When did you realise cinema was your calling?
I’ve always thought that films are a good medium to start a discussion about issues in society. But I didn’t have the knowledge to make a film. I spent a lot of time going to the office of many directors. I went to Bala sir’s office too, but he was out of town shooting Avan Ivan. There’s always a crowd of prospective assistant directors outside his office and I would also stand with them.
After a few days, one of his AD’s, Kavin Antony, walked up to me, said there was of no use waiting for the director, and pointed out certain films and books to learn filmmaking. I told him that I didn’t have the money to buy them and he introduced me to his fellow ADs, who helped me with the books and films. After becoming a part of that group, I stopped standing outside offices and used that time to educate myself. I watched films like Seven Samurai about fifty times.
What have you learned from your directors?
Mysskin sir taught us that every story should have a nobility about it. People like his films because the backstory of his villains have a purity to them. Right from Onaayum Aattukkuttiyum, Pisasu to Psycho, oru punidhathanam irrukum.
What’s the oddest or most memorable thing you have seen or done as an AD?
The song Unna Nenachu (Psycho) was recorded in a golf ground late at night in Coimbatore over the course of three days. After the second night, I asked a person from the art department if they had collected the guitar that Udhay’s character uses in the song. They said they had and we packed up for the day. The next night, 10 minutes before the shoot, when I asked him for the guitar, he pointed to the piano on the stage. It turned out he did not know the name of the instrument and thought it was called guitar! I panicked and went all over the place searching for the guitar. Minutes before the shoot, I found it in the office room. I made sure that the shoot was not interrupted and no one apart from fellow ADs knew about this fiasco.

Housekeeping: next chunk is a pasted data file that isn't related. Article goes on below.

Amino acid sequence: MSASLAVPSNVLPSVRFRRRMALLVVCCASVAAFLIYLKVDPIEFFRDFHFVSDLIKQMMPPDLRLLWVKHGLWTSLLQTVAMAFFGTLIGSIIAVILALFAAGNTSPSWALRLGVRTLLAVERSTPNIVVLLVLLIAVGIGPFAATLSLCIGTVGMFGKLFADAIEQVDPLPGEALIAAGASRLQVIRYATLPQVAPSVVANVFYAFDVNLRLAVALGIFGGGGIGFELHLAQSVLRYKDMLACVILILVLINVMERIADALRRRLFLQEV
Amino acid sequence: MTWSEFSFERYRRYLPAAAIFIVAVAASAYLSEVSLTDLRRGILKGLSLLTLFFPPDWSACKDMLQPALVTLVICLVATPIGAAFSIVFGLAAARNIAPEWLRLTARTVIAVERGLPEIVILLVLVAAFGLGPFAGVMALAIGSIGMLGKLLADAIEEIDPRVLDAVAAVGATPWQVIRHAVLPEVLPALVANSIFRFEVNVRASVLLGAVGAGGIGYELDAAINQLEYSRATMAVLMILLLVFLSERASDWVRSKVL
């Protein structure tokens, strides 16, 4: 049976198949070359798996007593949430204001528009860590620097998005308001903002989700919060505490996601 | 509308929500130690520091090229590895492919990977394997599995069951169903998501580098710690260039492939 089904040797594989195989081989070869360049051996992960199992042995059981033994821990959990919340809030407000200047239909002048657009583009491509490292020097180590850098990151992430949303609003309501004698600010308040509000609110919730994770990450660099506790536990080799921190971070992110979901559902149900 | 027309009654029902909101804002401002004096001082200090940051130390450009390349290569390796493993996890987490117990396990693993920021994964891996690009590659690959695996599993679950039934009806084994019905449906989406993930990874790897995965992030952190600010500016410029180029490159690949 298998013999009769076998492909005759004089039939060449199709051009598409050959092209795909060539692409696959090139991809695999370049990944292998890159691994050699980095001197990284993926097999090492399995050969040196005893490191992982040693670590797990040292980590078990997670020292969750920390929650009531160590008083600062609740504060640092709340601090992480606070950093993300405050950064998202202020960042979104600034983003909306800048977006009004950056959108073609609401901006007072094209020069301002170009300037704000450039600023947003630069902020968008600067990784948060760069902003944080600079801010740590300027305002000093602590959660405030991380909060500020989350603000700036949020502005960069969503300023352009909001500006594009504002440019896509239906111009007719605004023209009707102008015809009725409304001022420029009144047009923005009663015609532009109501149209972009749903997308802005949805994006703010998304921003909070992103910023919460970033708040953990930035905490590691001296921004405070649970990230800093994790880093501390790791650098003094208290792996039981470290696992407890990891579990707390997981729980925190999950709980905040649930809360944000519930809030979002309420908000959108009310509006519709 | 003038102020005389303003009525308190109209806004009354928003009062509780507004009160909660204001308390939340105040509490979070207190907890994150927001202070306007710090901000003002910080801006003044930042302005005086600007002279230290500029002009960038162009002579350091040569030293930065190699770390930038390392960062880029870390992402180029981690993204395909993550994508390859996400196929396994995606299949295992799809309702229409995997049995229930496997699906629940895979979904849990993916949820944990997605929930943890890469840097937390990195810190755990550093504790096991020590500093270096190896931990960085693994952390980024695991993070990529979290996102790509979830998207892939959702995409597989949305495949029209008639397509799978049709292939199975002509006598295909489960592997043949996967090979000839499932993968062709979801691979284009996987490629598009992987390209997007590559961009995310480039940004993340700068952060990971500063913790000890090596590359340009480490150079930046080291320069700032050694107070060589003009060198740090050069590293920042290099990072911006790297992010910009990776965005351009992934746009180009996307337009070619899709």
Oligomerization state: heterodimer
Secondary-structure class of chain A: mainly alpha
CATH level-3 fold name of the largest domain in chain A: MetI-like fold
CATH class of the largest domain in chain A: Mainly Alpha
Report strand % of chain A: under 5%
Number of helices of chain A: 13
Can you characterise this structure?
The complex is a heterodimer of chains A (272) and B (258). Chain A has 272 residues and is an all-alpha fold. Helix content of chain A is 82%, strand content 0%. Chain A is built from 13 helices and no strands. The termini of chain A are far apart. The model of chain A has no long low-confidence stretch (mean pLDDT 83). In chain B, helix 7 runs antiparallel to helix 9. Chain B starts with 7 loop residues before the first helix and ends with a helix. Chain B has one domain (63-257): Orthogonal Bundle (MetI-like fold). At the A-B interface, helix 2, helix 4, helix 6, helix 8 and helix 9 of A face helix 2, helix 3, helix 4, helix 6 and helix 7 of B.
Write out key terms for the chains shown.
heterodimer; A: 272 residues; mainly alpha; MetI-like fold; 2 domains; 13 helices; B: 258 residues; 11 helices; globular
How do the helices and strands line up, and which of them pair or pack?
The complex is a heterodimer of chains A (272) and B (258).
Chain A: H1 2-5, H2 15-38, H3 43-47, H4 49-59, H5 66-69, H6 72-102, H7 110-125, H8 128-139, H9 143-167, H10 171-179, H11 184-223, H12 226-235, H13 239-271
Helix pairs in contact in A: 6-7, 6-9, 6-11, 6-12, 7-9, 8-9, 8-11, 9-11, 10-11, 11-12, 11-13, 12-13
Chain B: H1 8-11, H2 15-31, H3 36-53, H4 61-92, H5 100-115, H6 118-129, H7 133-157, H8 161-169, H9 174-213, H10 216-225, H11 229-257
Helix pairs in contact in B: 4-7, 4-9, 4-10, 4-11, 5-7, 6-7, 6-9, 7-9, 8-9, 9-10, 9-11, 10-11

What’s one area of filmmaking you had a tough time with, but are better at now?
Turning a written work into a script is tricky business. The Tamil novel Sulunthee, for example, made me cry and laugh at different moments, but I was not able to translate it into a script. I took the time to learn how a story should be read, absorbed, and translated into a film.
What is your take on present-day cinema?
Tamil cinema used to concentrate more on relationship-based stories earlier. Nowadays, Malayalam cinema and other regional films do this better. Also, when we go to narrate a story, the producers themselves have a list of names, such as YouTube personalities, who they want as part of the film. Even if ours is a low-budget realistic film, they demand fight sequences and songs.
What’s one thing that you think you can bring to Tamil cinema?
Right now, story, screenplay, dialogues are all handled by the director in our industry. I think it will be healthier if a script is taken care of by a dedicated scriptwriter. Directors should concentrate more on the technical aspects, while a scriptwriting is a creative process. I don’t mean to say directors are not creative, but they already have a lot on their plate.
Who would be the dream cast for your debut project?
I’d go with Mysskin sir because he also firmly believes that the story is the hero. He is a director’s actor and whenever I come up with a story, he’s the one I’d want in the lead role.